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Polls show Democrats becoming party of elites as working class and minorities shift toward Republicans

FOX News logo FOX News 7/14/2022 Aubrie Spady
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The demographics of voters in both the Republican and Democratic parties are changing as the November midterm elections approach, according to recent polls.

Republicans are starting to attract more voters in the working class, while Democrats are gaining more votes from wealthier Americans as midterm candidates make their priorities clear in the last four months before the election.

The majority of voters consist of working-class citizens, a group that has historically leaned Democrat. Minority voters are likely to see inflation as the country's greatest concern, but the Democratic Party has made clear its main priorities approaching the midterms are abortion, gun laws and climate. 

This type of agenda is likely to appeal more to wealthier, suburban voters.

ECONOMIST LAFFER SAYS RECESSION IMMINENT AS INFLATION HITS 40-YEAR-HIGH: ‘WORST OF ALL POSSIBLE WORLDS’

The two parties are neck and neck with Hispanic voters on the generic congressional ballot after a New York Times-Siena College poll discovered 41% said they would vote Democrat and 38% Republican. 

During the 2018 midterm election cycle, Democrats had a 47-point advantage among Hispanic voters, a number that has significantly dropped since the election.

NBC News conducted a poll this spring that found Democratic support among women with college degrees is up 28 points since 2010, rising from 10 points to 38 over the past decade. The party did not see a rise in any other demographic.


Video: Democrat demographics shifting in favor of GOP ahead of midterm elections (FOX News)

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With inflation on the rise and hitting a 40-year high of 9.1% in June, these middle-class voters are taking the hit and will be more likely to vote for a candidate this November who plans on making it a priority to tackle the issue.

An Associated Press-NORC poll released in early July affirmed that most Americans' biggest concern is inflation, despite Democratic candidates centering campaigns around abortion and gun laws.

INFLATION RANKS AS BIGGEST CONCERN TO AMERICANS OVER ABORTION, GUNS: NEW POLL

The poll also revealed the main priorities of most voters from each party. Republicans point to the economy and the rising cost of gas, while Democratic voters are most worried about gun laws.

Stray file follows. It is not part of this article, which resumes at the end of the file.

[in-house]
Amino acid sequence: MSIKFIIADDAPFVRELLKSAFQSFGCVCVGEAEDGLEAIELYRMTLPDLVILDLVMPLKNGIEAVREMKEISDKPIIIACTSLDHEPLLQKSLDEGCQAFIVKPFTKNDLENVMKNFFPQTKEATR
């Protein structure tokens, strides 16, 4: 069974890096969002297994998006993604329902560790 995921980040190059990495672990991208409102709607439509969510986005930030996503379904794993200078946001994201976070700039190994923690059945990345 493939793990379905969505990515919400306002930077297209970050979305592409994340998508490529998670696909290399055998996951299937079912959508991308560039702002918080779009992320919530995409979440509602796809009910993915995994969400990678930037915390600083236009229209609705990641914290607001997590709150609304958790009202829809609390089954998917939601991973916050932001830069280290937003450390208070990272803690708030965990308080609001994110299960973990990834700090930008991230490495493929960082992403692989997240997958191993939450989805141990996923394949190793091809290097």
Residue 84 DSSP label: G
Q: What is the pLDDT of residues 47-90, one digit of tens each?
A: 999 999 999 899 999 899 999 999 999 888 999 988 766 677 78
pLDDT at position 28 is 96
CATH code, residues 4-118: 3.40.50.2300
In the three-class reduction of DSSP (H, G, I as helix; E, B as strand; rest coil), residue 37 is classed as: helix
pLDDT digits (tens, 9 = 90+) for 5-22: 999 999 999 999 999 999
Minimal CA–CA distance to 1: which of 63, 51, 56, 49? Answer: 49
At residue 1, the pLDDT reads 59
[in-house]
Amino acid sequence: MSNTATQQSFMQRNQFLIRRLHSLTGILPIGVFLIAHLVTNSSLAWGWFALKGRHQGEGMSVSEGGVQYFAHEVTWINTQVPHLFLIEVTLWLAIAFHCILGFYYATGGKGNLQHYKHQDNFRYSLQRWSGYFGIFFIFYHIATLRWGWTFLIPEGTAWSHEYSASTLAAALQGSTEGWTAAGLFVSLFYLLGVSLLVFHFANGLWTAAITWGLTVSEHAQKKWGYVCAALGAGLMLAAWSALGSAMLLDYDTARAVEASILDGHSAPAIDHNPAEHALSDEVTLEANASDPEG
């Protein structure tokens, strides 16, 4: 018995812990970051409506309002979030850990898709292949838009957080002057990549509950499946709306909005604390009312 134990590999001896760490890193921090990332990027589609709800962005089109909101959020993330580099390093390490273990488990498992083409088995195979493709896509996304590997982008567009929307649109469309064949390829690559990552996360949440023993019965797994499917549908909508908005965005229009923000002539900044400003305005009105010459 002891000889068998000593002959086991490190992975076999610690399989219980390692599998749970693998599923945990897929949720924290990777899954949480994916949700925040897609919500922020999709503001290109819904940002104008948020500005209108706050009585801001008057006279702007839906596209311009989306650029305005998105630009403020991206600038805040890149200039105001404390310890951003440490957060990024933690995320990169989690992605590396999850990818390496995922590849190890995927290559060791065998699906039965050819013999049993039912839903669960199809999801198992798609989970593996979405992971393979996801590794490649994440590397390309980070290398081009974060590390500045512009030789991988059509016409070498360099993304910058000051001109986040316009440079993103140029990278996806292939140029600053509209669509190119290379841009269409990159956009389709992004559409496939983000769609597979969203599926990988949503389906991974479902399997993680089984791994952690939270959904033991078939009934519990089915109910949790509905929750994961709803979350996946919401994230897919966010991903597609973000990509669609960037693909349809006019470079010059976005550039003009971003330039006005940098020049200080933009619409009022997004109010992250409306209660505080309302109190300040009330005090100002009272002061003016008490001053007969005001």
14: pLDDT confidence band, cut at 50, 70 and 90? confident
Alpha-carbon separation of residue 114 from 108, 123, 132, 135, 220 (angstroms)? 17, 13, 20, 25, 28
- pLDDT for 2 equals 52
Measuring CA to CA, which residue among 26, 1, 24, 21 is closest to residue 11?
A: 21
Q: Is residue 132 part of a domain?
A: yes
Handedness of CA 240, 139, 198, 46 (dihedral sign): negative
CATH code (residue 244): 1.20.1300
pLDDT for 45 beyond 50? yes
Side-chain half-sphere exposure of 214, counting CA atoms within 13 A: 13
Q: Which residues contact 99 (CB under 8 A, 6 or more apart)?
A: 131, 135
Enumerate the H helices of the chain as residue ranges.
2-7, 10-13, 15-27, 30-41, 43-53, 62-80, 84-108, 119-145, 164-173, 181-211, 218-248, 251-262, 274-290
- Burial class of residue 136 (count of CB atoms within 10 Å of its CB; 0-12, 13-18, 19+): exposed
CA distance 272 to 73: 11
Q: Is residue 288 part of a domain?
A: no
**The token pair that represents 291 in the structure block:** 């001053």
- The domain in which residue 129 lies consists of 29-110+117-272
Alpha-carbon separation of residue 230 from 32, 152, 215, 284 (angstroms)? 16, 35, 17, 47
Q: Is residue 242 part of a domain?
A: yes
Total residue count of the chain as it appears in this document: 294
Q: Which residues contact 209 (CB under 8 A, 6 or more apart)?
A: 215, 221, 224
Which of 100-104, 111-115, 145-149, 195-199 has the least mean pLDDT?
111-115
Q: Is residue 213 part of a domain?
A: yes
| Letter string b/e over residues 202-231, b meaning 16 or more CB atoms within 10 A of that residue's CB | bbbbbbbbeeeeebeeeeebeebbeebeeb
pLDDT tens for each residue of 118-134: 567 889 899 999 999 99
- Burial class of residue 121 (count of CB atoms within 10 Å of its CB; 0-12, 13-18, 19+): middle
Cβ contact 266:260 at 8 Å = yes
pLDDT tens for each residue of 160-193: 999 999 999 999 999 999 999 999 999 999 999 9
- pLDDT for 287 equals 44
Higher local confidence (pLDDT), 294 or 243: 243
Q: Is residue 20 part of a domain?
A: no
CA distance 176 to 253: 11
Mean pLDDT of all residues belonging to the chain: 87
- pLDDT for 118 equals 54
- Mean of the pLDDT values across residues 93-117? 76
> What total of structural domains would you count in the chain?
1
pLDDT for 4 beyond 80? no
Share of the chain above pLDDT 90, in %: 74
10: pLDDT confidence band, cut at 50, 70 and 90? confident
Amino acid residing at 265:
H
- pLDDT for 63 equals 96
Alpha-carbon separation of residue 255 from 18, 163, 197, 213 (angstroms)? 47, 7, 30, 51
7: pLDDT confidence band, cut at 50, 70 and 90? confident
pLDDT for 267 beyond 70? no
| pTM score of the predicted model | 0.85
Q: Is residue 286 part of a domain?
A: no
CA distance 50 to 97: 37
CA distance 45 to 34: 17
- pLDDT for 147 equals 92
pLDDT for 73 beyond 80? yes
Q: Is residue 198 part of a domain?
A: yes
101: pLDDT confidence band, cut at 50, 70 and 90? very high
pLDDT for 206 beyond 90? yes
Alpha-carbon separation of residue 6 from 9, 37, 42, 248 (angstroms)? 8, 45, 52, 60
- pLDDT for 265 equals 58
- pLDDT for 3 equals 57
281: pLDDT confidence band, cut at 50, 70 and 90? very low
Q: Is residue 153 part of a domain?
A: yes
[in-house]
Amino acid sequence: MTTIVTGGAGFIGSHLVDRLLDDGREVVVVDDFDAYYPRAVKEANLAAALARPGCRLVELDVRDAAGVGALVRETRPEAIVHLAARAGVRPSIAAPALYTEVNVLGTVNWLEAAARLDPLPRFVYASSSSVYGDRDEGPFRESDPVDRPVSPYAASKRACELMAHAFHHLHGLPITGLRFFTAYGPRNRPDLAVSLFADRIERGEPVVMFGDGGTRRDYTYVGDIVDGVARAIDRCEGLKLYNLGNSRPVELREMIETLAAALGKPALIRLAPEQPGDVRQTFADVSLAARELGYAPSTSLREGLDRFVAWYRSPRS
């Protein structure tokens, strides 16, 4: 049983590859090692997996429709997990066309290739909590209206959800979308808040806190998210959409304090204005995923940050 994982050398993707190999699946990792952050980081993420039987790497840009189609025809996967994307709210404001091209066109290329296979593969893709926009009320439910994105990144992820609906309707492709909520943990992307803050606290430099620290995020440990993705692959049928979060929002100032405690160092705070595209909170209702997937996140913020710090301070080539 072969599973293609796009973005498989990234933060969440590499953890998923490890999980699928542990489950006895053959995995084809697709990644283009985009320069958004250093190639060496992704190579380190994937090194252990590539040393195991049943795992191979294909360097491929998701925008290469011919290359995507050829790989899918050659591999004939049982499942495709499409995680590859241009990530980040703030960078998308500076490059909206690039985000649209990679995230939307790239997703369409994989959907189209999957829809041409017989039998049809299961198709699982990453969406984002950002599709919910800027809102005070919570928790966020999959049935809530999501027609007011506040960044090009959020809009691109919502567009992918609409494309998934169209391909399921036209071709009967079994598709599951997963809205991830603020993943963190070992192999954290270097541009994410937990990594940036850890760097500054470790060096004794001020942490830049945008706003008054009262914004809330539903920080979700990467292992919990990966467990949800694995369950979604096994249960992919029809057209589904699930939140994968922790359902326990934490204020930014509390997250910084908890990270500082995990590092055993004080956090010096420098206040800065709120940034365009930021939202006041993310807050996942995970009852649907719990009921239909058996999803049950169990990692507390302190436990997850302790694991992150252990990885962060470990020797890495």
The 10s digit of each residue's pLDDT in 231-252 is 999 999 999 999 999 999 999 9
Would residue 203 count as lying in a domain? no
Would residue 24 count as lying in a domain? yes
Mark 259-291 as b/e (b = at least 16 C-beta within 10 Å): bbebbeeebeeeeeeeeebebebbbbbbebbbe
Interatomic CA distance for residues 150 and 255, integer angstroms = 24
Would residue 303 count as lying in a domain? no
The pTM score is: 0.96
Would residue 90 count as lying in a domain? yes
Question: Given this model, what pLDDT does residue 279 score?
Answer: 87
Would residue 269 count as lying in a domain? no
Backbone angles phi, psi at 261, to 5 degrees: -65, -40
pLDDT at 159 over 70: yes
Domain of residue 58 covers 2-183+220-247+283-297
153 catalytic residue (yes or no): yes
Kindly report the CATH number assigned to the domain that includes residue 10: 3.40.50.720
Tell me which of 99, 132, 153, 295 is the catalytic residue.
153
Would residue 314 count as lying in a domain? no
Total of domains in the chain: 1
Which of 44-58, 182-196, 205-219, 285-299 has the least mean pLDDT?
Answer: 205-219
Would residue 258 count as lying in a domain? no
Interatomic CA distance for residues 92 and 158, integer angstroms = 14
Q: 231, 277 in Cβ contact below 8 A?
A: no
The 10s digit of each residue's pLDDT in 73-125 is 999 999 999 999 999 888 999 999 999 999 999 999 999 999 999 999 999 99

Protesters shout as they join thousands marching around the Arizona Capitol after the Supreme Court decision to overturn the landmark Roe v. Wade abortion decision June 24, 2022, in Phoenix. AP Photo/Ross D. Franklin © AP Photo/Ross D. Franklin Protesters shout as they join thousands marching around the Arizona Capitol after the Supreme Court decision to overturn the landmark Roe v. Wade abortion decision June 24, 2022, in Phoenix. AP Photo/Ross D. Franklin

Hispanic and Latino voters will play a major role in this year's midterms. A Gallup poll released in April found that President Biden's approval rating has significantly dropped among Hispanic voters, from 73% to 52%, since his first few months as president in 2021.

The Biden administration has been making recent efforts to attract more votes from the community, with first lady Jill Biden calling it as "unique" as "breakfast tacos" Monday, a comment that received a lot of media attention and backlash from the Hispanic community.

REPUBLICANS EXPECTED TO CONTROL HOUSE AFTER 2022 MIDTERMS

According to the National Republican Congressional Committee, a record number of 81 African Americans are running for GOP seats in 72 congressional districts this midterm. This could potentially lead to more African Americans voting Republican at the polls this November.

A recent NYT-Siena College poll showed that African Americans believe crime and gun policies are the country's top issues, while White Americans believe abortion takes precedence.

The poll said Democrats are ahead of Republicans in attracting White, college-educated voters. Two-thirds of Democrats also say they do not want President Joe Biden to run for re-election in 2024.

November 8 is approaching fast, leaving the candidates with only a few more months to push their campaigns, attract more votes and hope for a win this fall.

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